under Captain Russell, were sent forward in a northwestern direction, to remain there as a picket
between Leesville and the Sugar Creek road. With all other troops--the Fifteenth Missouri, the
Twenty-fifth and Forty-fourth Illinois, and the two pieces of Captain Welfley's battery--I
marched to Leesville, to re-enforce Colonels Davis and Osterhaus. My intention was to throw
back the enemy from Leesville into the mountains and towards Bentonville, and then, by a
change of direction to the right to assist General Asboth and Colonel Carr by deploying on their
On my march to Leesville, I heard Major Poten's firing on the Bentonville road. Arrived at
Leesville, the firing in front had ceased, whilst it commenced with new vehemence on the right,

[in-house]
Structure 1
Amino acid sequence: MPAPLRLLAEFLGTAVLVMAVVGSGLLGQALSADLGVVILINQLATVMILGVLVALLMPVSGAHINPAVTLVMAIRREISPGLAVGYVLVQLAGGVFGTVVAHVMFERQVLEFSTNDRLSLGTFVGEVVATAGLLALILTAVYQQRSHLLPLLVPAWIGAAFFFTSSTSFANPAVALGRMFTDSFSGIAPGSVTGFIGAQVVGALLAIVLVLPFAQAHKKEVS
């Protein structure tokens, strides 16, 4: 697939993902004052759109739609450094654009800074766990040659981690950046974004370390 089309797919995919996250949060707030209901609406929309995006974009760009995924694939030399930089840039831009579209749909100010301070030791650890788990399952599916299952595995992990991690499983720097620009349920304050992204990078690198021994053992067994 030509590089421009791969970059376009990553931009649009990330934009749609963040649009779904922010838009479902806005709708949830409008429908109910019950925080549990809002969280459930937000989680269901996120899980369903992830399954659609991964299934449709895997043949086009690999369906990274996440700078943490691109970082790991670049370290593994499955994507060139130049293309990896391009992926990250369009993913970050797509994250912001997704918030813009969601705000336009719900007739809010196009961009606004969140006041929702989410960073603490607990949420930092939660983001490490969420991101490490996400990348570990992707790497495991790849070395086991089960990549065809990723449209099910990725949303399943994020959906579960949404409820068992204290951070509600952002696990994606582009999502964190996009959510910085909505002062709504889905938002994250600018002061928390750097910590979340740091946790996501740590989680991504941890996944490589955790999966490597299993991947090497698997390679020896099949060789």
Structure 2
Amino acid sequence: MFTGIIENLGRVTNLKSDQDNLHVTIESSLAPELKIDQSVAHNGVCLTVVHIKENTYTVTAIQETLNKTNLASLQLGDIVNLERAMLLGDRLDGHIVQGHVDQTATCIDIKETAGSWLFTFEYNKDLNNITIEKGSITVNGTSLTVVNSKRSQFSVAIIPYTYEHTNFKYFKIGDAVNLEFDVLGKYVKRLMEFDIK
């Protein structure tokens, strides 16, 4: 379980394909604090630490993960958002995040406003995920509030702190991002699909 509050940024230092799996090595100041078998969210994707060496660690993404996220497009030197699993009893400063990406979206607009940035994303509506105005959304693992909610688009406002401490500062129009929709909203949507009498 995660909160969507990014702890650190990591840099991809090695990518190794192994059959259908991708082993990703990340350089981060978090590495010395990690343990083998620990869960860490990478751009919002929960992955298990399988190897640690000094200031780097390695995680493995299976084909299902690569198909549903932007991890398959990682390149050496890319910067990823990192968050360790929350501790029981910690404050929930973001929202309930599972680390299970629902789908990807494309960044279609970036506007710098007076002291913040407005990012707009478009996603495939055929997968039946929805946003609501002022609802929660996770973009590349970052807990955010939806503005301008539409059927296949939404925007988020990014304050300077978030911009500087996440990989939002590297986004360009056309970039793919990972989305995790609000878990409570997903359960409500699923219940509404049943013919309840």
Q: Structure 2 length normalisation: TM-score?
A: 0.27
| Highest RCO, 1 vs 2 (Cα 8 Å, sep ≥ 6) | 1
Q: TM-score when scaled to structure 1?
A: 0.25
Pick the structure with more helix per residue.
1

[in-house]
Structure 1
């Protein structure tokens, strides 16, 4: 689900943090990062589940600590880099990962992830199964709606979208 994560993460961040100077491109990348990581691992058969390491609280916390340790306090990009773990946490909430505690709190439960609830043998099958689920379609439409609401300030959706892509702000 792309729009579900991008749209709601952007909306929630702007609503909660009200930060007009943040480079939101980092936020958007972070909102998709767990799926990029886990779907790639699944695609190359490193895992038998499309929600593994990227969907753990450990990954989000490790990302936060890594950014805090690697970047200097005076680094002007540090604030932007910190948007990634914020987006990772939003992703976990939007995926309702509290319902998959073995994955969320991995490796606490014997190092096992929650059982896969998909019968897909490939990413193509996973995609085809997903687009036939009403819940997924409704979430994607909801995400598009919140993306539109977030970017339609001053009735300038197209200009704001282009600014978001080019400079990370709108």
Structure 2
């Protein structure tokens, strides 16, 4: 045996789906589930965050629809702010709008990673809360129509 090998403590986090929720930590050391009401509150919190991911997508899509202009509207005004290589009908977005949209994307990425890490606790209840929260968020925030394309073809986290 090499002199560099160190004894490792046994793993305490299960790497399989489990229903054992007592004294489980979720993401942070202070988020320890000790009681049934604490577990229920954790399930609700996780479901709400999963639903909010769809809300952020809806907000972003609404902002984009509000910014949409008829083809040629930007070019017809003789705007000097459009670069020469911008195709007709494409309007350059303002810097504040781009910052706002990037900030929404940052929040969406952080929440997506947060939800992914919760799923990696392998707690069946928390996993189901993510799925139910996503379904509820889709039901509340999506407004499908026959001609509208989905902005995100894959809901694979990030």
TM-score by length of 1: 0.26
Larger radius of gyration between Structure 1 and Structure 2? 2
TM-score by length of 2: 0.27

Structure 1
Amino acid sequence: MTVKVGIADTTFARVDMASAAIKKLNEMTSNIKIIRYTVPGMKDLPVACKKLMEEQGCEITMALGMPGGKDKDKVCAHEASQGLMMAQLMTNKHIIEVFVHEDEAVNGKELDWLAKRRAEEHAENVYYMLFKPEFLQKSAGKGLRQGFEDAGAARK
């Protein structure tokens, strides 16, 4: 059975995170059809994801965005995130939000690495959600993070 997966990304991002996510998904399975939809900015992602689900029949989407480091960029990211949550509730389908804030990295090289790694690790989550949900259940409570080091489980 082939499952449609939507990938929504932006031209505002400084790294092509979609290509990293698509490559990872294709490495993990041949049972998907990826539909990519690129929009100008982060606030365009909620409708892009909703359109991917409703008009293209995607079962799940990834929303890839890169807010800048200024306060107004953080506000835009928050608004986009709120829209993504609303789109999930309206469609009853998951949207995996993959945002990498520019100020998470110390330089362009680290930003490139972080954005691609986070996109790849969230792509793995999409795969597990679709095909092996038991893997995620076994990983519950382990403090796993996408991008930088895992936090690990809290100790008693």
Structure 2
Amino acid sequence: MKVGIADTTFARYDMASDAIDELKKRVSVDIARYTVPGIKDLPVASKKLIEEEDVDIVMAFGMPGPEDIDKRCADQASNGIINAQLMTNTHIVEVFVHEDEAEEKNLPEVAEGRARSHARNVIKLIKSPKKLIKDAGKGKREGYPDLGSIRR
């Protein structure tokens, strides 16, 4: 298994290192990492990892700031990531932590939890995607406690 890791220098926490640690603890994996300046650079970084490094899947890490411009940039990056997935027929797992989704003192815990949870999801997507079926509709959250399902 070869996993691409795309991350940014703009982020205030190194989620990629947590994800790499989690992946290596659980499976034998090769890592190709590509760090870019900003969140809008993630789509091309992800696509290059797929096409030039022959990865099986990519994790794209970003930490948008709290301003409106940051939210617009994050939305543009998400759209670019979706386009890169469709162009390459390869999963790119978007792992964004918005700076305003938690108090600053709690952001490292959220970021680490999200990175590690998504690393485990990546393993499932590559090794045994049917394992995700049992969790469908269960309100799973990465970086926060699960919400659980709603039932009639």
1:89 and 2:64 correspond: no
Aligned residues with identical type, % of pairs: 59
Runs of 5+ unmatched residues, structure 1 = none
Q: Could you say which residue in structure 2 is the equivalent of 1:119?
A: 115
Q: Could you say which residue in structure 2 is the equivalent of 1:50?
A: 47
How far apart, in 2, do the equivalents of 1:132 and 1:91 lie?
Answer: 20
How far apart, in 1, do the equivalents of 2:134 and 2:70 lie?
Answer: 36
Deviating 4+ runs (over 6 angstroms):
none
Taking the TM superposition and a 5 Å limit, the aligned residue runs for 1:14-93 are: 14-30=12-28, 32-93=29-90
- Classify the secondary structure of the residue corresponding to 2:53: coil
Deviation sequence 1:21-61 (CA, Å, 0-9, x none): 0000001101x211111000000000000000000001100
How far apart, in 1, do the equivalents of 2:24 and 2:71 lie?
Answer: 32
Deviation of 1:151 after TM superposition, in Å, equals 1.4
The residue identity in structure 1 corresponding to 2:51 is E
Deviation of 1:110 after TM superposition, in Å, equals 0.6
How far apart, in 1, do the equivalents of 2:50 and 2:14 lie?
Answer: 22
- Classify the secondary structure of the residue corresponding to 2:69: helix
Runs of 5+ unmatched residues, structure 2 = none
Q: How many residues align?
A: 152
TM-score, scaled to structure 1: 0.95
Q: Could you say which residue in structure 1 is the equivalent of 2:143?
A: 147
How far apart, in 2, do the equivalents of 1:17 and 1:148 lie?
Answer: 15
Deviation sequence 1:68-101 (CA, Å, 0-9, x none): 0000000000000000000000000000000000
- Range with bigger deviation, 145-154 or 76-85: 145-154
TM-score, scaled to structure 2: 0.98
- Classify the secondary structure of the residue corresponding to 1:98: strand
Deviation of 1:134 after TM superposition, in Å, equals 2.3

at Elkhorn Tavern. At this moment Captain McKenny, acting assistant adjutant-general,
requested me, by order of General Curtis, to send some more re-enforcements to the right, which
I did, by detaching five companies of the Twenty-fifth Illinois and four pieces of Captain
Hoffmann's battery, stationed in reserve at Leesville, to Elkhorn Tavern. I then proceeded
beyond the town to the battle-field, which I found in full possession of Colonels Davis and
Osterhaus. As no enemy could be seen except a small detachment on a distant hill, I requested
Colonel Davis to protect my left flank, by sending his skirmishers and one regiment of infantry
forward through the woods, whilst I proceeded with the Twenty-fifth Illinois and four pieces of
Welfley's and Hoffmann's batteries on the road to the northeast, which was already opened by